NAB calls for activation of iPhone FM radio feature Apple says does not exist

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Comments

  • Reply 21 of 66
    netroxnetrox Posts: 1,410member
    Did you read the blog by NAB? It sounds convincing and Apple definitely owes an explanation.
  • Reply 22 of 66
    GG1GG1 Posts: 483member
    This topic is 100% political. They know the headphone jack is gone, so there goes the only hope for a decent FM antenna. Hmmm, what do the NAB seek to gain by siding with the FCC?

    Let's say a smartphone has its FM receiver enabled. The battery would last a day or two at most. Not good in the face of a disaster.

    As many have already pointed out, a cheap FM radio (with its proper antenna) is a MUCH better FM receiver, especially when you factor in its MUCH better battery life.

    Be logical - if you can afford a smartphone, you can afford a cheap FM radio. But politics is rarely logical.
    tallest skilcrossladradarthekatnetmageStrangeDaysjony0
  • Reply 23 of 66
    If NAB is so into emergencies, how about them pushing the Weather Band.  The alerts on the Weather Band are delivered much faster than the commercial radio stations.  Just another ridicules idea.
    radarthekatnetmage
  • Reply 24 of 66
    calicali Posts: 3,494member
    “It’s for your safety! It’s for YOUR safety!! We promise it’s for your safety! We care about your safety!!(not the fact FM is dying or ad revenue).”
    edited October 2017
  • Reply 25 of 66
    GG1GG1 Posts: 483member
    netrox said:
    Did you read the blog by NAB? It sounds convincing and Apple definitely owes an explanation.
    I read it. It sounds convincing until you factor in REAL technical details, like the wavelength of an FM signal (3 meters or 10 feet). The two wires of a wired set of headphones approximate a 1/4 wavelength each, making a decent antenna. Maybe you can approximate 1/10 wavelength inside the phone by wrapping a wire several times around the perimeter of the phone, but it would still be a poor antenna.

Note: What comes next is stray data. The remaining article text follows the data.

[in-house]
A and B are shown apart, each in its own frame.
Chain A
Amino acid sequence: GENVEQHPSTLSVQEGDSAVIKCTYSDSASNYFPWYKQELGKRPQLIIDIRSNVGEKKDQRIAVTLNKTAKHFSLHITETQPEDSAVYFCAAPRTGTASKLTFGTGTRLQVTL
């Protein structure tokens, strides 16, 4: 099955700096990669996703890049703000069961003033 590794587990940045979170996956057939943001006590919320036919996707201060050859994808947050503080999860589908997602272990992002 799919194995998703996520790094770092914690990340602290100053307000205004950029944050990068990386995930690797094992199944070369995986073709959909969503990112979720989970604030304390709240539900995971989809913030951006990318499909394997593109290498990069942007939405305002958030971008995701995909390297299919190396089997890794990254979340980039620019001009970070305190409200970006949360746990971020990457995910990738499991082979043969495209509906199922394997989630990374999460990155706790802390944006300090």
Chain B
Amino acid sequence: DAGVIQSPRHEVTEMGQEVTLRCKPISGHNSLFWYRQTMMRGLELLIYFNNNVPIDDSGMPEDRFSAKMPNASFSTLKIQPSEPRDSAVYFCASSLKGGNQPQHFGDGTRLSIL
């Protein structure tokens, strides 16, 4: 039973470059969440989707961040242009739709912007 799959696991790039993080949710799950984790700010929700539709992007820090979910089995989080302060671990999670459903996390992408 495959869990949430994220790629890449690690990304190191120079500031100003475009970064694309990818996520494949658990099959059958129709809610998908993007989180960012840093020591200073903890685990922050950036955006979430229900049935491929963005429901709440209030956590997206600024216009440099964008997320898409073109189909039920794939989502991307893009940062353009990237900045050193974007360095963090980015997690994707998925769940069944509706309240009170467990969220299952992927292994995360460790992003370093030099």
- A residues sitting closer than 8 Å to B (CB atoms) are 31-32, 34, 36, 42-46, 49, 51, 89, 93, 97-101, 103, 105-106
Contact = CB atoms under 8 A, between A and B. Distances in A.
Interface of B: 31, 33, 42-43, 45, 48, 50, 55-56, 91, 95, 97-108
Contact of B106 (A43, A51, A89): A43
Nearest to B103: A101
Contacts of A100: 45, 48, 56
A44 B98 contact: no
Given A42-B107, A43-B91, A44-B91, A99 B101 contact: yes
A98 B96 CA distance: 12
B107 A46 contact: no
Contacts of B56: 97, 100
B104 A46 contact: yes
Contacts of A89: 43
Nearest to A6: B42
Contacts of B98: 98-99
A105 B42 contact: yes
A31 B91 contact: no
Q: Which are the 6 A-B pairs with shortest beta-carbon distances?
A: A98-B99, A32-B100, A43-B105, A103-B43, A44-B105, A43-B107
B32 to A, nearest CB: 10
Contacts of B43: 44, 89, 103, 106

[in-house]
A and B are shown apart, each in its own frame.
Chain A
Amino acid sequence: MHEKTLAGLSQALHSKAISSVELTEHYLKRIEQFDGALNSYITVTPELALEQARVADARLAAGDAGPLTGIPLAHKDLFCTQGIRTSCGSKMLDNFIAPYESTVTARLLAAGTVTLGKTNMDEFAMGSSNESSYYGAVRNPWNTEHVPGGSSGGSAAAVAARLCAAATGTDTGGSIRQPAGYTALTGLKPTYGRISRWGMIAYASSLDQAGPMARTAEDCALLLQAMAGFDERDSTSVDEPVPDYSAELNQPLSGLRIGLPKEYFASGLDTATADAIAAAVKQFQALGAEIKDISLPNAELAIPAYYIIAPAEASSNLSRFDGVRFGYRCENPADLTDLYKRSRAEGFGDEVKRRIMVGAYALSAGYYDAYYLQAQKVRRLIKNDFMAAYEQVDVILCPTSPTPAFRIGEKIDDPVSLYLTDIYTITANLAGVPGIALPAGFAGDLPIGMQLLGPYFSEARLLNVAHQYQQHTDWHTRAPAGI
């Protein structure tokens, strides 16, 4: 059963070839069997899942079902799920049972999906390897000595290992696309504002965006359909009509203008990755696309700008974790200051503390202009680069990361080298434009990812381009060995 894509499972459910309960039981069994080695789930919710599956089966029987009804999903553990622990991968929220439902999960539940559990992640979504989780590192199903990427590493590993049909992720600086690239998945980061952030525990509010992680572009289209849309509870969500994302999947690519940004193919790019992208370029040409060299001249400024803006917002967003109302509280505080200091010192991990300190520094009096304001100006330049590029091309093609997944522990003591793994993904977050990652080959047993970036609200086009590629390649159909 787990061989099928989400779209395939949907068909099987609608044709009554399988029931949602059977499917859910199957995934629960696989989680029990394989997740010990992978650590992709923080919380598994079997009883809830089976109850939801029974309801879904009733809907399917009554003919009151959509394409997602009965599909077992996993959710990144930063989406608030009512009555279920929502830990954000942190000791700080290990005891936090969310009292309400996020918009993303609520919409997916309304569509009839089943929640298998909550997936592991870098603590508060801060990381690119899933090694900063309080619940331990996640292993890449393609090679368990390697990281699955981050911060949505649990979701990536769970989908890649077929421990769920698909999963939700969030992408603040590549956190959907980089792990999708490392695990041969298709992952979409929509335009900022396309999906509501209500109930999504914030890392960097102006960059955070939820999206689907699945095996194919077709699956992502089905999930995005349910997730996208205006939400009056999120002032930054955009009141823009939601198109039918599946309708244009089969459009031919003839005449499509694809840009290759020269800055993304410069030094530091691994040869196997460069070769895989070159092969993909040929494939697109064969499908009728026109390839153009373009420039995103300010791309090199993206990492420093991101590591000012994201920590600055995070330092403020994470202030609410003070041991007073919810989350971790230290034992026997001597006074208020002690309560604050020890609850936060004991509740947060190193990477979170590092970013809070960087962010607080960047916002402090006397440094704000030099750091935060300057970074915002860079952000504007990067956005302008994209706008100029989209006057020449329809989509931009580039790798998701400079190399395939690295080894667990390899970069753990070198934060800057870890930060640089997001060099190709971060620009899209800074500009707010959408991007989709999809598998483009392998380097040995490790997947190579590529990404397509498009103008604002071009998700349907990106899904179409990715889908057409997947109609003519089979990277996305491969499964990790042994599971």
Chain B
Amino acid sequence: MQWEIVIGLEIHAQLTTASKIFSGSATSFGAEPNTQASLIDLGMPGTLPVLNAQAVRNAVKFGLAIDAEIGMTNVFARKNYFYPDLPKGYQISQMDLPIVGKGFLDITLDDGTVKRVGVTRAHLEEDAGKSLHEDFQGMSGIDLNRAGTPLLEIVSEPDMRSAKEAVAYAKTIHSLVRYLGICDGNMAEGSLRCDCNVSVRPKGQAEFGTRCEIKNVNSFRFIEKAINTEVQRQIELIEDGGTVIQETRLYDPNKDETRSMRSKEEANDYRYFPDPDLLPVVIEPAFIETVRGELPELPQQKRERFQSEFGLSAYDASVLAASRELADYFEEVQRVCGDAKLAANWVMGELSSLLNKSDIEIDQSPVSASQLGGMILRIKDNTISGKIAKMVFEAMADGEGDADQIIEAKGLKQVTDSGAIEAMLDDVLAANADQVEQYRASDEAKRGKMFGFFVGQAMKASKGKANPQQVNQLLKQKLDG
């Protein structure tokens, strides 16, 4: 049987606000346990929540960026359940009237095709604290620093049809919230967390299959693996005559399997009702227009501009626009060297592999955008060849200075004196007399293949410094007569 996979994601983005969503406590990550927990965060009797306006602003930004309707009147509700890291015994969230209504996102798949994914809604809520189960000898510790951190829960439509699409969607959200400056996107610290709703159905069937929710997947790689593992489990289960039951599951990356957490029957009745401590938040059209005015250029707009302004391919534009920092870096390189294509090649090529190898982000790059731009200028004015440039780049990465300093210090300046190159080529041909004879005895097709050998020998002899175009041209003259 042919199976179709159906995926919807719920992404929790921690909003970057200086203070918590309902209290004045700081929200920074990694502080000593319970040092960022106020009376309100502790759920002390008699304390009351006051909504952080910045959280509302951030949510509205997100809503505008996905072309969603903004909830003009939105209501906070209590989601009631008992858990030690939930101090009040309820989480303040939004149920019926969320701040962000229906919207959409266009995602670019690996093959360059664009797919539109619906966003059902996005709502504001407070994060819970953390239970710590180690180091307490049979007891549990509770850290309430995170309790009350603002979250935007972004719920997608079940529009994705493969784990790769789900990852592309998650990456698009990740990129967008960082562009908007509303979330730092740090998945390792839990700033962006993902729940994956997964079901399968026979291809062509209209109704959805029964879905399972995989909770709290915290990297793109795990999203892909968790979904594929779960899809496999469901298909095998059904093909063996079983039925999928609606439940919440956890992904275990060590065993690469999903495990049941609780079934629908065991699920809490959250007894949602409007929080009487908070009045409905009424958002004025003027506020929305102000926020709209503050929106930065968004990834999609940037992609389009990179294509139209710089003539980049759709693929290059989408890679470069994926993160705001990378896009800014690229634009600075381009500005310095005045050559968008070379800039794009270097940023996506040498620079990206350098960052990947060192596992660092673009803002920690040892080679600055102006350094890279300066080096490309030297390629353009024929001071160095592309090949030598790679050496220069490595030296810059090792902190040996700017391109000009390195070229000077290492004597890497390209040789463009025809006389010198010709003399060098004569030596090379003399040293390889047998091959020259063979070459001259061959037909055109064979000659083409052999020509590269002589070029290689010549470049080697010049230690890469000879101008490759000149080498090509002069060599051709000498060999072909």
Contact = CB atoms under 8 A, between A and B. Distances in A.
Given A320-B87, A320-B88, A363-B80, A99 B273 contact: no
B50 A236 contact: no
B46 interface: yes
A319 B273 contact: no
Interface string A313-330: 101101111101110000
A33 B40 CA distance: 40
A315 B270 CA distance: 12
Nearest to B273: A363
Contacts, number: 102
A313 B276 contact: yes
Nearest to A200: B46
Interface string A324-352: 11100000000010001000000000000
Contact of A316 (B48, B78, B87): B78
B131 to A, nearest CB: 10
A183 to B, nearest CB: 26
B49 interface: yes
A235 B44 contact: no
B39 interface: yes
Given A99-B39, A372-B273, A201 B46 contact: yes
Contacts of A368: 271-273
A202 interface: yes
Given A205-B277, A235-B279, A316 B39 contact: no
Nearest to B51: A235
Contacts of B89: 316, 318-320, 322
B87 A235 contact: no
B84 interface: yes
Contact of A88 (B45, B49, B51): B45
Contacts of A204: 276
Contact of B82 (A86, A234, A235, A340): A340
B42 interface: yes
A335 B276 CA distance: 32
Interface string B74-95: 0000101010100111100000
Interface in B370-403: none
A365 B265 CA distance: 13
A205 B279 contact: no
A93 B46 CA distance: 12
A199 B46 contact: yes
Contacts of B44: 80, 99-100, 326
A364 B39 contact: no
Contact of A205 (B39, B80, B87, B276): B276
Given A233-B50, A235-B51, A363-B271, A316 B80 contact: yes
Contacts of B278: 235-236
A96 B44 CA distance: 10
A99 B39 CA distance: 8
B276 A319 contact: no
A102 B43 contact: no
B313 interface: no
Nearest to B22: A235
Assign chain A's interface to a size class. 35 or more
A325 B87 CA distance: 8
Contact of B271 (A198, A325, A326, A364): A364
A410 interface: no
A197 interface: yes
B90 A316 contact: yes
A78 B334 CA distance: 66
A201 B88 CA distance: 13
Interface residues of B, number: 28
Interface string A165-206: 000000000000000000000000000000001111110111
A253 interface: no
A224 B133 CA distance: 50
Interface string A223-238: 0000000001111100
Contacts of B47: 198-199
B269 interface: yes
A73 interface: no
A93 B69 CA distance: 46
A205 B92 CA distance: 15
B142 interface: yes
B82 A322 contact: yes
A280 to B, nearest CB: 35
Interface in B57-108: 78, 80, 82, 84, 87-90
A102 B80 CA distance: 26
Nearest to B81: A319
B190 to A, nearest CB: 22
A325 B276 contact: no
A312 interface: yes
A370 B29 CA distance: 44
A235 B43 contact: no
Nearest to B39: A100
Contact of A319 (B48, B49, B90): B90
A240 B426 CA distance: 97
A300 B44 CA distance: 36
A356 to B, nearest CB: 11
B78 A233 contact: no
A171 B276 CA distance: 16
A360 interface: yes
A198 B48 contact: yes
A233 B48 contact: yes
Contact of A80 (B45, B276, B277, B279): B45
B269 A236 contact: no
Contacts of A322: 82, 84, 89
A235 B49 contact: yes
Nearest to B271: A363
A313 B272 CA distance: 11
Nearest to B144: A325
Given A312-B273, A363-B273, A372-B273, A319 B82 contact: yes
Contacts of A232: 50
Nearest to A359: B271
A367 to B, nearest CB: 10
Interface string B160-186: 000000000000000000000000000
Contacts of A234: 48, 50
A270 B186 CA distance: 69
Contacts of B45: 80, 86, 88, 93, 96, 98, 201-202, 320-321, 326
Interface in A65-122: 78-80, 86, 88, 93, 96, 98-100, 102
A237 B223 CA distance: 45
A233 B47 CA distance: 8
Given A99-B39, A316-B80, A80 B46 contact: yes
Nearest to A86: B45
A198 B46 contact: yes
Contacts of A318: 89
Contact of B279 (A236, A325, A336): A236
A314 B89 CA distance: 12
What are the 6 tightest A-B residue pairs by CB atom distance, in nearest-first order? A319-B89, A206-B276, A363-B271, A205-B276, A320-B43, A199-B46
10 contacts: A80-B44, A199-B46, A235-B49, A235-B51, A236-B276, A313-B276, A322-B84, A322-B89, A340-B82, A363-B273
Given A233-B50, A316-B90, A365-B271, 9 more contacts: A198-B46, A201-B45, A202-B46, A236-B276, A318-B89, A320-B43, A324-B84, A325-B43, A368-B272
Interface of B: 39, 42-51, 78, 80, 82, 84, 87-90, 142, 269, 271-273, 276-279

Since the NAB knows about wavelengths, this puff piece is grandstanding.

    Edit for grammar.
    edited October 2017 [Deleted User]netmage
  • Reply 26 of 66
    wood1208 said:
    Instead of FM, everyone should ask Apple to add a feature in Settings call iClean or iClean User Credentials or whatever you want to name. What it does is, It totally removes any association/reference of the device from current and any prior ownership. Means, it removes references from everywhere, iCloud, passcode/touchid, iTune login,manage applid from authentication server and than resets it. It still asks for current user's appleid/password to initiate the feature. But at the end, you can hand over the iDevice to a new owner in a state like when the device was brand new. In Android world, the cleanup of device is so simple. This feature does not compromise any security protection in place. But, Apple will not provide such feature. Apple wants your device to get into activation lock, abandon it and force you to buy new one. It's call civilized extortion..
    Um … it’s called a reset and it’s right there in the Settings menu (Settings > General > Reset). It will completely wipe the device. 
  • Reply 27 of 66
    jkichlinejkichline Posts: 1,369member
    wood1208 said:
    Instead of FM, everyone should ask Apple to add a feature in Settings call iClean or iClean User Credentials or whatever you want to name. What it does is, It totally removes any association/reference of the device from current and any prior ownership. Means, it removes references from everywhere, iCloud, passcode/touchid, iTune login,manage applid from authentication server and than resets it. It still asks for current user's appleid/password to initiate the feature. But at the end, you can hand over the iDevice to a new owner in a state like when the device was brand new. In Android world, the cleanup of device is so simple. This feature does not compromise any security protection in place. But, Apple will not provide such feature. Apple wants your device to get into activation lock, abandon it and force you to buy new one. It's call civilized extortion..
    Settings > General > Reset > Erase All Content and Settings

    Done.

    This has been in iOS since the beginning.
    netmageanton zuykov
  • Reply 28 of 66